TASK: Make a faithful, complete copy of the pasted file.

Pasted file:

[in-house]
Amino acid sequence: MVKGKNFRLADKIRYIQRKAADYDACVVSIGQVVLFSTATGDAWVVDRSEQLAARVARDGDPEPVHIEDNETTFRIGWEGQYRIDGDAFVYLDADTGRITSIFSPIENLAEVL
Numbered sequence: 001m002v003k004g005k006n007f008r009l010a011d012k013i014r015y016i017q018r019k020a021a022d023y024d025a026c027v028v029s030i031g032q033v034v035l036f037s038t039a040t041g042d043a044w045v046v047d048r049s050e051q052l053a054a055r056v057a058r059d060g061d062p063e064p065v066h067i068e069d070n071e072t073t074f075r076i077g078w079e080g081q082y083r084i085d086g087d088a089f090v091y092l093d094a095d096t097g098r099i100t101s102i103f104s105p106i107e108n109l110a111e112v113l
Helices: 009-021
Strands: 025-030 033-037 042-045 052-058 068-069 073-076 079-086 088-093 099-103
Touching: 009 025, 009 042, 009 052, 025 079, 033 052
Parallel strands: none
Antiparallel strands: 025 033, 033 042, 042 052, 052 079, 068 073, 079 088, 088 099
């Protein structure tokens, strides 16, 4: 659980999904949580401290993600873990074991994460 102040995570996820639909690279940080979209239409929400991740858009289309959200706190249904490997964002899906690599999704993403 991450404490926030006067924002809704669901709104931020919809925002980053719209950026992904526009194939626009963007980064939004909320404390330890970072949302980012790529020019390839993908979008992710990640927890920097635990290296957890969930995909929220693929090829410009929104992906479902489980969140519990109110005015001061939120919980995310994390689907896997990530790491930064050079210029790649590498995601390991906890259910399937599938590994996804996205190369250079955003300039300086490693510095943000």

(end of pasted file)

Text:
[in-house]
Amino acid sequence: MVKGKNFRLADKIRYIQRKAADYDACVVSIGQVVLFSTATGDAWVVDRSEQLAARVARDGDPEPVHIEDNETTFRIGWEGQYRIDGDAFVYLDADTGRITSIFSPIENLAEVL
Numbered sequence: 001m002v003k004g005k006n007f008r009l010a011d012k013i014r015y016i017q018r019k020a021a022d023y024d025a026c027v028v029s030i031g032q033v034v035l036f037s038t039a040t041g042d043a044w045v046v047d048r049s050e051q052l053a054a055r056v057a058r059d060g061d062p063e064p065v066h067i068e069d070n071e072t073t074f075r076i077g078w079e080g081q082y083r084i085d086g087d088a089f090v091y092l093d094a095d096t097g098r099i100t101s102i103f104s105p106i107e108n109l110a111e112v113l
Helices: 009-021
Strands: 025-030 033-037 042-045 052-058 068-069 073-076 079-086 088-093 099-103
Touching: 009 025, 009 042, 009 052, 025 079, 033 052
Parallel strands: none
Antiparallel strands: 025 033, 033 042, 042 052, 052 079, 068 073, 079 088, 088 099
């Protein structure tokens, strides 16, 4: 659980999904949580401290993600873990074991994460 102040995570996820639909690279940080979209239409929400991740858009289309959200706190249904490997964002899906690599999704993403 991450404490926030006067924002809704669901709104931020919809925002980053719209950026992904526009194939626009963007980064939004909320404390330890970072949302980012790529020019390839993908979008992710990640927890920097635990290296957890969930995909929220693929090829410009929104992906479902489980969140519990109110005015001061939120919980995310994390689907896997990530790491930064050079210029790649590498995601390991906890259910399937599938590994996804996205190369250079955003300039300086490693510095943000």